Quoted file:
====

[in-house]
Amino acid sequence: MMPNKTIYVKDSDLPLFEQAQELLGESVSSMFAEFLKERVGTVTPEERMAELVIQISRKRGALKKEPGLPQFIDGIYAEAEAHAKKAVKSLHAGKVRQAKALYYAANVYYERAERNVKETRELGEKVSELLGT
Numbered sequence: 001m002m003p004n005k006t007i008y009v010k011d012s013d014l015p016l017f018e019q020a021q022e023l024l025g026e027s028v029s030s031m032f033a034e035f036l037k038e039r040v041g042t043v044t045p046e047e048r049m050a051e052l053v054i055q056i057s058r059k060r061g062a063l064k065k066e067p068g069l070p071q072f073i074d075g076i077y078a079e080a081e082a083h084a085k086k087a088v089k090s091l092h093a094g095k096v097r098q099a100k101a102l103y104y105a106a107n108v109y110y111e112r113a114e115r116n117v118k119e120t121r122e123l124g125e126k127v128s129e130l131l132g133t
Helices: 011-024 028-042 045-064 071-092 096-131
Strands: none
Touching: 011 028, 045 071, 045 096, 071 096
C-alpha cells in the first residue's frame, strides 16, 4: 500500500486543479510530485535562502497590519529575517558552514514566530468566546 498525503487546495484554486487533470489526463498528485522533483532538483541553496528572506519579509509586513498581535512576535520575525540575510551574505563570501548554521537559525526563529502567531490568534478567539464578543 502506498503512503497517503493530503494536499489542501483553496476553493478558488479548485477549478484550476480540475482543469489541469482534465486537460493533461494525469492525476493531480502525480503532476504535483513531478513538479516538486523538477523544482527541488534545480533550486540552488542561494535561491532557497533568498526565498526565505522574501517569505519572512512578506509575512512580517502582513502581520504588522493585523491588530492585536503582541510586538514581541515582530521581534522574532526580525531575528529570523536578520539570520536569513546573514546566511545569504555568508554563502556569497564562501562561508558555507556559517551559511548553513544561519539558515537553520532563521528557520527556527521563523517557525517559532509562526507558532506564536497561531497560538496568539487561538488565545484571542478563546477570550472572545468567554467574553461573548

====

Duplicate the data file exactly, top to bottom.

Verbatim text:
[in-house]
Amino acid sequence: MMPNKTIYVKDSDLPLFEQAQELLGESVSSMFAEFLKERVGTVTPEERMAELVIQISRKRGALKKEPGLPQFIDGIYAEAEAHAKKAVKSLHAGKVRQAKALYYAANVYYERAERNVKETRELGEKVSELLGT
Numbered sequence: 001m002m003p004n005k006t007i008y009v010k011d012s013d014l015p016l017f018e019q020a021q022e023l024l025g026e027s028v029s030s031m032f033a034e035f036l037k038e039r040v041g042t043v044t045p046e047e048r049m050a051e052l053v054i055q056i057s058r059k060r061g062a063l064k065k066e067p068g069l070p071q072f073i074d075g076i077y078a079e080a081e082a083h084a085k086k087a088v089k090s091l092h093a094g095k096v097r098q099a100k101a102l103y104y105a106a107n108v109y110y111e112r113a114e115r116n117v118k119e120t121r122e123l124g125e126k127v128s129e130l131l132g133t
Helices: 011-024 028-042 045-064 071-092 096-131
Strands: none
Touching: 011 028, 045 071, 045 096, 071 096
C-alpha cells in the first residue's frame, strides 16, 4: 500500500486543479510530485535562502497590519529575517558552514514566530468566546 498525503487546495484554486487533470489526463498528485522533483532538483541553496528572506519579509509586513498581535512576535520575525540575510551574505563570501548554521537559525526563529502567531490568534478567539464578543 502506498503512503497517503493530503494536499489542501483553496476553493478558488479548485477549478484550476480540475482543469489541469482534465486537460493533461494525469492525476493531480502525480503532476504535483513531478513538479516538486523538477523544482527541488534545480533550486540552488542561494535561491532557497533568498526565498526565505522574501517569505519572512512578506509575512512580517502582513502581520504588522493585523491588530492585536503582541510586538514581541515582530521581534522574532526580525531575528529570523536578520539570520536569513546573514546566511545569504555568508554563502556569497564562501562561508558555507556559517551559511548553513544561519539558515537553520532563521528557520527556527521563523517557525517559532509562526507558532506564536497561531497560538496568539487561538488565545484571542478563546477570550472572545468567554467574553461573548